Wednesday, April 30, 2014

Students, Go Dutch Collaborate on Lincoln Heights Project

The Center for Sustainable Development  has been collaborating with the GO DUTCH Consortium (GDC) on a semester-long case study project that integrates academics, research, landgrant programs and Dutch expertise to originate comprehensive solutions to a case study. The focus of the case study is the Lincoln Heights neighborhood in Washington, D.C. Go Dutch is a network of firms covering the fields of urbanism, architecture, clean technology, change management and social economic, strategic and financial consulting. 

Since January 2014, representatives from GO DUTCH and participating UDC classes have collaborated on an applied, integrated research project that incorporates principles and practices learned in the traditional course curricula (nutrition and food science, respiratory care, urban sustainability, public policy, architecture). The purpose of this initiative was for students, faculty, and Dutch experts to exchange knowledge and use sustainability in an applied case study scenario.

"Chinese philosopher Lao Tze once said 'Pots are formed from clay, but the empty space within it is the essence of the pot,'" explained Bart Mispelblom Beyer, Chairman of Go Dutch. "In this scenario, the essence of a good functioning neighborhood is the space between urban living rooms and urban corridors, where social interaction takes place."
The interdisciplinary project helps to develop: integration, experiential learning, teamwork, communication, leadership and problem-solving skills, explained Dr. Dwane Jones, Director, Center for Sustainable Development and the UDC lead on the project.

"Interdisciplinary learning is the beauty of this project. We provide a framework for the students to work within," explained Dr. Elgloria Harrison, Assistant to the Dean for Academic Programs & Climate Initiative, CAUSES. "This promotes the growth process."

Located in Ward 7 of the District, Lincoln Heights offers low-income housing east of the Anacostia River. The area has a high crime rate, is food insecure and lacks public access accessibility due to its secluded location (the area is a twenty minute walk from the nearest metro station). Ironically, Lincoln Heights is located in the greenest Ward in the District.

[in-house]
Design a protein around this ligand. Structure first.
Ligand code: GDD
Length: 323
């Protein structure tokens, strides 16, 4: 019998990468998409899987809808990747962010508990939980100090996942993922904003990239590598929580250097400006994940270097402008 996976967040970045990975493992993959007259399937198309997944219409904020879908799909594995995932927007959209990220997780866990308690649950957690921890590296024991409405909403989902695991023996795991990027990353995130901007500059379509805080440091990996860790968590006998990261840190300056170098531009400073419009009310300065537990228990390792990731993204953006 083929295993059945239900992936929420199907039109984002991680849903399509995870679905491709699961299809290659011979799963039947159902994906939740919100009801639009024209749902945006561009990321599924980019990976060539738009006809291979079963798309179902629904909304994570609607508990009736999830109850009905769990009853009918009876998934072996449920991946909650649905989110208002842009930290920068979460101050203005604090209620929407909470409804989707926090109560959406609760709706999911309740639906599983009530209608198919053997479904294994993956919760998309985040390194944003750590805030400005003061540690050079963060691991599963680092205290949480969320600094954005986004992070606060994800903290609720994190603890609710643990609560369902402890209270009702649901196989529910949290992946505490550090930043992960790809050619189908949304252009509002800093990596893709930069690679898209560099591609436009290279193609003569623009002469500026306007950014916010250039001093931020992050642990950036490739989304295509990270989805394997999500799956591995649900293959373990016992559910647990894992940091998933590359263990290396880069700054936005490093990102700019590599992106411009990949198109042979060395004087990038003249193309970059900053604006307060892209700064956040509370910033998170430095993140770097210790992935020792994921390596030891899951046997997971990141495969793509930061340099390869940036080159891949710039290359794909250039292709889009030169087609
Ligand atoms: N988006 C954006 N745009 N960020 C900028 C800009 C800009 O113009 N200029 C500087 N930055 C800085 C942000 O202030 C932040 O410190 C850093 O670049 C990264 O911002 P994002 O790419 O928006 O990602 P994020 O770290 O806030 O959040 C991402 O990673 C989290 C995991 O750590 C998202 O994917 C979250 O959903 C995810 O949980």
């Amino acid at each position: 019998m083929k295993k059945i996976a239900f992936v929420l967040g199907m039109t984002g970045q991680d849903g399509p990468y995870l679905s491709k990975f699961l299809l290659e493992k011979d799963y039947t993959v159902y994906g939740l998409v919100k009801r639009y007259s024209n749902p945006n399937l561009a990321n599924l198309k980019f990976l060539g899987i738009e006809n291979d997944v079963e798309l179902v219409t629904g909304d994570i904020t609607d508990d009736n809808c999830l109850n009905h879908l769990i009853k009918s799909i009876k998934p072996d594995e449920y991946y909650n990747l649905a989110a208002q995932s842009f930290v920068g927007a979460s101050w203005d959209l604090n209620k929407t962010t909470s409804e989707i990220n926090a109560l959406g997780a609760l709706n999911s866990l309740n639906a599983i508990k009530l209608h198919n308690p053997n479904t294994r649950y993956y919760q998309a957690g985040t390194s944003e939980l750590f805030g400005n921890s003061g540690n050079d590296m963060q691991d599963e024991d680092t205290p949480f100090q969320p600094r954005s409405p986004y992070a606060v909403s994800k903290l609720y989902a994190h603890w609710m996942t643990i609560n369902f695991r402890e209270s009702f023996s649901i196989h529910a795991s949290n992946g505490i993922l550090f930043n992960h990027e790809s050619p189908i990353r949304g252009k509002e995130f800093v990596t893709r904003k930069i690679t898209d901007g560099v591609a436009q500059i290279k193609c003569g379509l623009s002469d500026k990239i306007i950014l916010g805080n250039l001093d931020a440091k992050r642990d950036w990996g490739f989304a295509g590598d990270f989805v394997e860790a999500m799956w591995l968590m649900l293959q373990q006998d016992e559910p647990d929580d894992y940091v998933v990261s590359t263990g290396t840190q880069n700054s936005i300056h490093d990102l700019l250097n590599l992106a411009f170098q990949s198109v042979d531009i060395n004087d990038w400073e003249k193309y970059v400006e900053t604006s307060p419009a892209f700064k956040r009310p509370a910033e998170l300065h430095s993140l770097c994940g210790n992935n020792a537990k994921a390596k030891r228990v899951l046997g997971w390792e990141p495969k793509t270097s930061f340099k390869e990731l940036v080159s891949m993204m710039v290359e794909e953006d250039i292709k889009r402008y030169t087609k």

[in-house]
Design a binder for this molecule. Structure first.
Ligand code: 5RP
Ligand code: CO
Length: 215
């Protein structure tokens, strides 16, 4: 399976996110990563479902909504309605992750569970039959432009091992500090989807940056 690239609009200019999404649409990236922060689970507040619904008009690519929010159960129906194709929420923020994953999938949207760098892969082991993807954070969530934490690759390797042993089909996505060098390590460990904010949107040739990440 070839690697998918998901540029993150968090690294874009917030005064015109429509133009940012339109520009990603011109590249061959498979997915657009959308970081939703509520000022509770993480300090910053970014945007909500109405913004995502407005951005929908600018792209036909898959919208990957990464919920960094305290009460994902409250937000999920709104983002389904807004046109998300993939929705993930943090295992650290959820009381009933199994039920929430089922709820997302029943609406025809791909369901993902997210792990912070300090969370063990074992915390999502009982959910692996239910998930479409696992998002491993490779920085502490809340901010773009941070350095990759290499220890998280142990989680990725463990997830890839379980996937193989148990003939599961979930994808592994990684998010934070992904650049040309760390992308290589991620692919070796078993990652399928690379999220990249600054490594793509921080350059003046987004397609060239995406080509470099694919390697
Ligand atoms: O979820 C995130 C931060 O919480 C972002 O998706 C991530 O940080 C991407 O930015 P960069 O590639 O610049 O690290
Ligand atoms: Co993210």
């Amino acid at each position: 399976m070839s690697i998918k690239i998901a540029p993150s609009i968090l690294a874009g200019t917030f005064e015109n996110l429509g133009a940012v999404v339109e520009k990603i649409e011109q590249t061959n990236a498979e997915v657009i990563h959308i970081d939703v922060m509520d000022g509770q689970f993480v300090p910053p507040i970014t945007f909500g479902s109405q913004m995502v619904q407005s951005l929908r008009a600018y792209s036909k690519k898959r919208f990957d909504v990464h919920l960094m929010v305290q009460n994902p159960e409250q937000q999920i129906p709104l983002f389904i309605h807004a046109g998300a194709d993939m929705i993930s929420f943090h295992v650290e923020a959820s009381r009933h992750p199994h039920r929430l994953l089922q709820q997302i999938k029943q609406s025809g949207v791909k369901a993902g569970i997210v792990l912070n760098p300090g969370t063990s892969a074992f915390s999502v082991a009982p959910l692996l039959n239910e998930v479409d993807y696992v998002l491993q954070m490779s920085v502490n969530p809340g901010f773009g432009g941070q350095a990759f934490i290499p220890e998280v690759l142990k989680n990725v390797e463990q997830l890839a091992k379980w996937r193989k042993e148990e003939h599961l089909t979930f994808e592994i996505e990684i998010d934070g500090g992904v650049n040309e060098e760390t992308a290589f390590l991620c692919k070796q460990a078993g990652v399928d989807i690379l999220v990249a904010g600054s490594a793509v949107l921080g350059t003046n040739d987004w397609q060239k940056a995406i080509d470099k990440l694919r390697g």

Because the crime rate is a concern, part of the UDC-Go Dutch team's recommendation included safety improvements. "Eyes on the Street" is an initiative that creates neighbor-to-neighbor protection, by people watching the street from their windows. 
To improve accessibility, the student team recommended creating streets in a grid format to increase "connectability" and access. Increasing bike usage would promote exercise; since the area is considered a food desert, obesity and diabetes rates run high. Additional recommendations include creating more handicap ramps and textured crosswalks.

"This project is the ultimate embodiment of CAUSES, in that it uses research to tackle a real-life challenge," explained Dr. Jones. "With the Lincoln Heights project, our students have the rare opportunity to make a difference for their city."

The project was originally set to conclude next month with the student presenting their findings before the District's Office for the Deputy Mayor of Planning and Economic Development and the Department of Housing and Community Development. However, the integrated project will continue next semester and will potentially include a health impact assessment of the neighborhood, if improvements were made.

"While we want these mixed economic communities, how do we do that without displacing current residents?" Dr. Harrison pointed out.

As the students learned, that question is not easily answered.

Read more about the Lincoln Heights renewal in the Washington Post. For more information on the UDC-Go Dutch partnership, contact Dr. Jones at

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